Safety Meetings and Safety Training are conducted to keep you safe while you earn your pay. But what if these meetings were presented in a language that you didn’t know? America has always been known as a Melting Pot, with immigrant workers coming from all over the world. Many of them are from disadvantaged countries, and work in seasonal jobs such as agriculture. Others work in construction, mining, and industries with high mortality rates. Some are machine operators, assemblers, cleaners, and helpers. Limited English proficiency may be a direct contributor to workplace injuries or fatalities.
OSHA has a history of requiring employers to train their employees in a manner that they understand. If they don’t speak English, then preparation for their job tasks, as well as safety and health training, is to be conveyed in the language that they understand. If the employee’s vocabulary is limited, training must account for that limitation. Simply telling them to read training materials will not satisfy the employer’s obligation. OSHA also requires employers to verify that employees have acquired the knowledge and skills for which they have been trained; i.e., lockout/tagout, respiratory protection, bloodborne pathogens, etc.
Having worked for an oilfield construction company in West Texas several years ago, I know there were many of our employees that didn’t understand or speak English, and were dependent on their Spanish-speaking supervisors to instruct them. They worked hard for minimum wage, and did a good job. But there were injuries, as well.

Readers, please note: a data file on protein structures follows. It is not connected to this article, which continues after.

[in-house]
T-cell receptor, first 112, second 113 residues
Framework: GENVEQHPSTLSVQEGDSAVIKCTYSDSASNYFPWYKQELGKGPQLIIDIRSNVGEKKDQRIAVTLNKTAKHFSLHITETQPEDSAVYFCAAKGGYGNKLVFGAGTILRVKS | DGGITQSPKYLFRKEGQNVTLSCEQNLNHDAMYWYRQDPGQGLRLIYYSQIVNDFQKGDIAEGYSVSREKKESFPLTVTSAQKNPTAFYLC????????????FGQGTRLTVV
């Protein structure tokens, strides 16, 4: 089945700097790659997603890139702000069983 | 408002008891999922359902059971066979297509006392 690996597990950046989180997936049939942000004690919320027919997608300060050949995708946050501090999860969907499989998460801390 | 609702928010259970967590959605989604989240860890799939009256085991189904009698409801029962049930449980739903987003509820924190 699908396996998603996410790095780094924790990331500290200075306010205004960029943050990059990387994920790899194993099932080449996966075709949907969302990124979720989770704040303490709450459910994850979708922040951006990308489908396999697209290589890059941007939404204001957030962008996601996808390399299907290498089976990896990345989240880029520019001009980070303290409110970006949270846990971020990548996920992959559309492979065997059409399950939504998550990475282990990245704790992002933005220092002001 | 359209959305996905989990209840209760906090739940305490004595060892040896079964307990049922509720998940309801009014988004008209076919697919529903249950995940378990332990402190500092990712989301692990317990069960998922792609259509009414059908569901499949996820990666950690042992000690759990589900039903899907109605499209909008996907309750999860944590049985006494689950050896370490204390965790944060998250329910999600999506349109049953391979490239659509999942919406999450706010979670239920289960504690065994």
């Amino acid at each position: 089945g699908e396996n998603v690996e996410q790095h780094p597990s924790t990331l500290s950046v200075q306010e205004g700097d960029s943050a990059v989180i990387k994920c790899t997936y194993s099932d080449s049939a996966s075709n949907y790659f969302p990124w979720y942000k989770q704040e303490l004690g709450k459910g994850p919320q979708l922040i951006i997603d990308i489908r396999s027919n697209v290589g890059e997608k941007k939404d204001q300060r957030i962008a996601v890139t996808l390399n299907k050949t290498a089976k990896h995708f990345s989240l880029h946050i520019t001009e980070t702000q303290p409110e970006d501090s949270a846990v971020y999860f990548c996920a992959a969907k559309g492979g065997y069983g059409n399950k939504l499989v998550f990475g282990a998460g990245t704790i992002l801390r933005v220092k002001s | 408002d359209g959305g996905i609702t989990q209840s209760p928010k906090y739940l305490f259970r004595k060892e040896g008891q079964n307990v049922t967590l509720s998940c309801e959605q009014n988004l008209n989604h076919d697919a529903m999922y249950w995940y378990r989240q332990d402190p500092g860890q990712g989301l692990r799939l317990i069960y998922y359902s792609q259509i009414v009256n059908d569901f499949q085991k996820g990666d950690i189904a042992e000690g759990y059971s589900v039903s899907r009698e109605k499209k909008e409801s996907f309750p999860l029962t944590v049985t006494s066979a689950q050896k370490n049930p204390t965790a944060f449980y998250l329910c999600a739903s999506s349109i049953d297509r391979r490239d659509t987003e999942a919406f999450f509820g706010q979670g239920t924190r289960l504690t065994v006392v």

The National Institute for Occupational Safety and Health shares these examples of how they are working to improve problems that immigrant workers face:
§ The NIOSH Fatality Assessment and Control Evaluation (FACE) program identifies and studies work-related injury deaths, with the goal of identifying effective prevention measures.
§ Through on-site investigations, NIOSH and cooperating states collect detailed circumstances for select incident types, including deaths of Hispanic workers since 2002.
§ Targeted research programs focused on the construction and agricultural sectors, both of which employ a disproportionate share of immigrant workers.
§ An occupational health disparities program, which is conducting research on the causes and prevention of occupational health disparities including those experienced by immigrant workers.
§ A Spanish language website and translation of several NIOSH publications into Spanish.
§ An innovative information and communication effort with the Spanish-language television network Telemundo and other partners, in which construction safety messages were incorporated dramatically into a widely watched prime-time series, and supplemented with a public service announcement and a special website.
Companies and their supervisors are responsible for the safety of all workers, must understand the hazards of their job, as well as the importance of wearing Personal Protective Equipment, and how to take care of it. If employees see a co-worker that is at risk, regardless of a language barrier, or any other reason, they need to reach out and help. That way, everyone stays safe!